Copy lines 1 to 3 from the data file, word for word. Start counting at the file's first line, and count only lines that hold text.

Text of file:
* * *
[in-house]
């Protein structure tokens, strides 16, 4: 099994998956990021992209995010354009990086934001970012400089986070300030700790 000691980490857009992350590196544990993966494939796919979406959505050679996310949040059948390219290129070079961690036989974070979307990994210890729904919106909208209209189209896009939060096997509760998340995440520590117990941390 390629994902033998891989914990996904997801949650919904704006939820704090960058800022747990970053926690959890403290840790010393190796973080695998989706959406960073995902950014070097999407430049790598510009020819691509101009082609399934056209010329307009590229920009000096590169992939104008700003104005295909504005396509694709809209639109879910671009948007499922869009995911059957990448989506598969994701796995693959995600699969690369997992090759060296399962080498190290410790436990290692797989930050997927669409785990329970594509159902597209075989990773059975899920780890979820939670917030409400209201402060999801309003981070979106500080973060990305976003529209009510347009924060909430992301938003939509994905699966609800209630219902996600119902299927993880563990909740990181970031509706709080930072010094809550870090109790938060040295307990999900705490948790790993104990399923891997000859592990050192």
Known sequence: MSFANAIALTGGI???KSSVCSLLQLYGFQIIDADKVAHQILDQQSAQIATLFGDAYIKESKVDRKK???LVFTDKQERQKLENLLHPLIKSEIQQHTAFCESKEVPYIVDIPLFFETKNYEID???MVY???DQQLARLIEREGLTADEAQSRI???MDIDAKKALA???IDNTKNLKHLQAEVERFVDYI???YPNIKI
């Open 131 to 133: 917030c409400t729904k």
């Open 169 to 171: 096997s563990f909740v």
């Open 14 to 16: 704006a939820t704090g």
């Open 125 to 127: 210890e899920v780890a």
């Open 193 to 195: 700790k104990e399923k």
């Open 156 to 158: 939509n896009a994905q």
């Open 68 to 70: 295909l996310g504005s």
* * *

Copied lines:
[in-house]
């Protein structure tokens, strides 16, 4: 099994998956990021992209995010354009990086934001970012400089986070300030700790 000691980490857009992350590196544990993966494939796919979406959505050679996310949040059948390219290129070079961690036989974070979307990994210890729904919106909208209209189209896009939060096997509760998340995440520590117990941390 390629994902033998891989914990996904997801949650919904704006939820704090960058800022747990970053926690959890403290840790010393190796973080695998989706959406960073995902950014070097999407430049790598510009020819691509101009082609399934056209010329307009590229920009000096590169992939104008700003104005295909504005396509694709809209639109879910671009948007499922869009995911059957990448989506598969994701796995693959995600699969690369997992090759060296399962080498190290410790436990290692797989930050997927669409785990329970594509159902597209075989990773059975899920780890979820939670917030409400209201402060999801309003981070979106500080973060990305976003529209009510347009924060909430992301938003939509994905699966609800209630219902996600119902299927993880563990909740990181970031509706709080930072010094809550870090109790938060040295307990999900705490948790790993104990399923891997000859592990050192």
Known sequence: MSFANAIALTGGI???KSSVCSLLQLYGFQIIDADKVAHQILDQQSAQIATLFGDAYIKESKVDRKK???LVFTDKQERQKLENLLHPLIKSEIQQHTAFCESKEVPYIVDIPLFFETKNYEID???MVY???DQQLARLIEREGLTADEAQSRI???MDIDAKKALA???IDNTKNLKHLQAEVERFVDYI???YPNIKI